By Inna Lazareva
YAOUNDE, July 30 (Thomson Reuters Foundation) - With a flash of green light, a robot sputters and whizzes across the room, obeying the remote control commands 15-year-old Xaviera Nguefo and her team send its way.
It is a scene that would not look out of place in a futuristic sci-fi fantasy, but is instead playing out in Yaounde, the dusty capital of Cameroon with its potholed streets and frequent power outages.
In a country where one in four girls do not even learn to read, Xaviera, one of about 20 young Cameroonians studying at the NextGen centre in Yaounde, is picking up the basics of artificial intelligence.
"I love doing that because the physics that they teach us (at school) is all applied here," she told the Thomson Reuters Foundation. "And it makes me a little bit smarter!"
The centre is the brainchild of Janet Fofang, a pioneering scientist and teacher who aims to train the future tech innovators of her country - with a particular focus on its girls.
It enables young Cameroonians to learn to write code, make robots and acquire advanced computer skills, and is one of a range of initiatives Fofang has set up, including a technological school for 800 pupils.
"We've seen technology prove to every one of us that it's a good method to move away from poverty. And we all know that in these parts, women always remain at the poverty line," she said.
Nearly one in three girls in Cameroon are married by 18, according to a 2016 study by United Nations children's agency UNICEF, and this often means they drop out of full-time education early.
In 2016, 95 percent of all children out of school were girls, and U.N. data for 2010 - the most up to date available - showed women and girls made up 60 percent of Cameroon's illiterate population.
Studies suggest educating girls has a broader societal benefit that goes well beyond the individual child.
If all girls had a secondary education, child deaths would be cut in half, saving almost 3 million lives across the globe, according to research by the U.N. cultural agency UNESCO.
Fofang says teaching girls about technology can help break the cycle of "poverty from generation to generation", but says social attitudes, as well as a lack of opportunities, are still holding them back.
"An overly ambitious girl in Cameroon is not a good one – if you're too ambitious, society judges you," she said.
One woman who has not allowed society to hold her back is chemical engineer Persis Mbangsi, one of a tiny minority of Cameroonian women who have broken through the glass ceiling.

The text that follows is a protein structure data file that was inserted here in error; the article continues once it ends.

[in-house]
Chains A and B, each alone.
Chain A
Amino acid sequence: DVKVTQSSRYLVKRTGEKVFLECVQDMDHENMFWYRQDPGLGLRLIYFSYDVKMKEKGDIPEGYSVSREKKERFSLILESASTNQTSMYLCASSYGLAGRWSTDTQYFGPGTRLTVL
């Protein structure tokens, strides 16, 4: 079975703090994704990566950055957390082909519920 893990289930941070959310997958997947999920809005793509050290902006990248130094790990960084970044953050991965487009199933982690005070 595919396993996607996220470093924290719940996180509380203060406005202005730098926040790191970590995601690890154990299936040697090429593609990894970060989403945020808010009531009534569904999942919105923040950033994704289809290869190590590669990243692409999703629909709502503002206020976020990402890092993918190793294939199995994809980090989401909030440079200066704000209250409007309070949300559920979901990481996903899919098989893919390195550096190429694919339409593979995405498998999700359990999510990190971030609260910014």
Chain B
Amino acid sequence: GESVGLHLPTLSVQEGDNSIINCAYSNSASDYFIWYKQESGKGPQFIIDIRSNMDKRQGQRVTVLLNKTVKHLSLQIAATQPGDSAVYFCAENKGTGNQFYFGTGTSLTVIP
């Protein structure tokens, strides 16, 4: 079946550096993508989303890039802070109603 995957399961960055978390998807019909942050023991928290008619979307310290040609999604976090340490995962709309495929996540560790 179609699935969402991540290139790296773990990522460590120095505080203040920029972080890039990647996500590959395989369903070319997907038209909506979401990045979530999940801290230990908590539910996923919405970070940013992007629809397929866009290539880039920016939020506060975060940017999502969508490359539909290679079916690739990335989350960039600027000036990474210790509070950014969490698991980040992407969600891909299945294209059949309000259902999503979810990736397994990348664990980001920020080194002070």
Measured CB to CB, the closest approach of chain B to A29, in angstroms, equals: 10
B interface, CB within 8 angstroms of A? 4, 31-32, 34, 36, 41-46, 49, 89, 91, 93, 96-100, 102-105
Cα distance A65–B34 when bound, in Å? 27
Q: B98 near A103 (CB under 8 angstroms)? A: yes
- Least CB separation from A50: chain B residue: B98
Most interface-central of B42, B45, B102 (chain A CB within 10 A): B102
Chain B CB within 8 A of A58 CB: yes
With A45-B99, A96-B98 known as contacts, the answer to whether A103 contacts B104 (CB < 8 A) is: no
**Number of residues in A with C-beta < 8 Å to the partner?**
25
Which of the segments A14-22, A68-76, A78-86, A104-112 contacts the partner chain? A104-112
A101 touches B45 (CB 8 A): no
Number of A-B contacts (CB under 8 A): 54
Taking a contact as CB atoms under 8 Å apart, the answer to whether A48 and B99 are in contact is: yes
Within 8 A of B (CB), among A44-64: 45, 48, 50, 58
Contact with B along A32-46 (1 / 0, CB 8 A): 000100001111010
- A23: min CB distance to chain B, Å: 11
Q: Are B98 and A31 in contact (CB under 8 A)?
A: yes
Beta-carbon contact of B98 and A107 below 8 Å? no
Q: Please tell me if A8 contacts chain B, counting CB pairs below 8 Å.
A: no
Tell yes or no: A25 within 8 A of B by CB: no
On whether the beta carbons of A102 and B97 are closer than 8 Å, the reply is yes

She is the only woman among 500 male engineers at the aluminium plant in Cameroon where she works.
Together with other female engineers, Mbangsi established a social media initiative entitled Hidden No More Cameroon to showcase the achievements of women in technology.
It was inspired by the Hollywood film "Hidden Figures", which tells the story of three African-American female mathematicians in the 1960s who defy the odds by going to work for NASA.
"We have a cultural background that says that a woman sits in the kitchen," said Mbangsi. "But imagine in a community one person saying ... 'oh, I've seen her, she's a petroleum engineer'."
Cameroon, a lower-middle income country wedged between Central and West Africa, has natural resources including oil and gas, timber and minerals, yet 40 percent of its 23.7 million people live below the poverty line.
The country needs to increase productivity and unleash the potential of its private sector, the World Bank said in April.
After she qualified as an electrical engineer, Fofang worked in one of Yaounde's poorest schools, where most teachers lacked even basic computer skills.
In 2009 she established her own school, the Tassah Academy, financing it herself with the help of her mother and sister. The school specialises in technology and 60 percent of its students are girls.
Five years later, seeking to take technology to schoolgirls around the country, she launched a scheme to encourage other schools to set up clubs to get girls interested in science, technology, engineering and mathematics (STEM).
In August, Xaviera and her team will travel to Mexico to take part in an international competition to devise robots that provide reliable energy power systems – a topic close to their hearts given the frequent power outages in Cameroon.
"It's really frustrating sometimes. Just as we're talking there can be ... a blackout," said Xaviera, who wants to keep working on the issue.
In the meantime, robotics is helping her assert herself against the boys in the team and at school, who she says often think they know best.
Xaviera recalled a recent case where she came up with the solution to a problem - forcing them to concede she was right.
"And I was so happy!" she laughed. "My solution, it worked!" (Reporting by Inna Lazareva, Editing by Claire Cozens. Please credit Thomson Reuters Foundation, the charitable arm of Thomson Reuters, that covers humanitarian news, women's rights, trafficking, property rights, and climate change. Visit www.trust.org)
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